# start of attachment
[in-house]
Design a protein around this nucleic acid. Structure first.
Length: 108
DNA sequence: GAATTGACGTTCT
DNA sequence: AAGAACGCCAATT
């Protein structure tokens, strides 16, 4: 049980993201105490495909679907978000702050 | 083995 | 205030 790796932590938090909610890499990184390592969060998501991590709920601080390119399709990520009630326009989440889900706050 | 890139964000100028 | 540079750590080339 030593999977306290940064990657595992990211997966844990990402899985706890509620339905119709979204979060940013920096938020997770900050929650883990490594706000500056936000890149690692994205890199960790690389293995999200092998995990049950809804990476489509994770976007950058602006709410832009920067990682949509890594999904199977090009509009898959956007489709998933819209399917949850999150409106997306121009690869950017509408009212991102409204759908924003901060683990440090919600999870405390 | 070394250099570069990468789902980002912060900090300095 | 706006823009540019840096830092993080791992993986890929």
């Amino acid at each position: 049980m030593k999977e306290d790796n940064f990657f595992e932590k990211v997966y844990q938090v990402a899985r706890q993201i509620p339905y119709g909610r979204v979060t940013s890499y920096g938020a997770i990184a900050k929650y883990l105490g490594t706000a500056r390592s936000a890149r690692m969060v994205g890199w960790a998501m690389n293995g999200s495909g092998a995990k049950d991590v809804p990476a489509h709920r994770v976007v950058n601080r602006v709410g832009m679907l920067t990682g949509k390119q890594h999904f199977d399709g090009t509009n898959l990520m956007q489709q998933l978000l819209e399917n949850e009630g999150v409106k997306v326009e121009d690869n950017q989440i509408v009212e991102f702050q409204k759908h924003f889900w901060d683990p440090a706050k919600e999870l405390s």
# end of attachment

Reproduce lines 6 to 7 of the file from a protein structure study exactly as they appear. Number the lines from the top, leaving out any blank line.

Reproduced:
């Protein structure tokens, strides 16, 4: 049980993201105490495909679907978000702050 | 083995 | 205030 790796932590938090909610890499990184390592969060998501991590709920601080390119399709990520009630326009989440889900706050 | 890139964000100028 | 540079750590080339 030593999977306290940064990657595992990211997966844990990402899985706890509620339905119709979204979060940013920096938020997770900050929650883990490594706000500056936000890149690692994205890199960790690389293995999200092998995990049950809804990476489509994770976007950058602006709410832009920067990682949509890594999904199977090009509009898959956007489709998933819209399917949850999150409106997306121009690869950017509408009212991102409204759908924003901060683990440090919600999870405390 | 070394250099570069990468789902980002912060900090300095 | 706006823009540019840096830092993080791992993986890929």
């Amino acid at each position: 049980m030593k999977e306290d790796n940064f990657f595992e932590k990211v997966y844990q938090v990402a899985r706890q993201i509620p339905y119709g909610r979204v979060t940013s890499y920096g938020a997770i990184a900050k929650y883990l105490g490594t706000a500056r390592s936000a890149r690692m969060v994205g890199w960790a998501m690389n293995g999200s495909g092998a995990k049950d991590v809804p990476a489509h709920r994770v976007v950058n601080r602006v709410g832009m679907l920067t990682g949509k390119q890594h999904f199977d399709g090009t509009n898959l990520m956007q489709q998933l978000l819209e399917n949850e009630g999150v409106k997306v326009e121009d690869n950017q989440i509408v009212e991102f702050q409204k759908h924003f889900w901060d683990p440090a706050k919600e999870l405390s």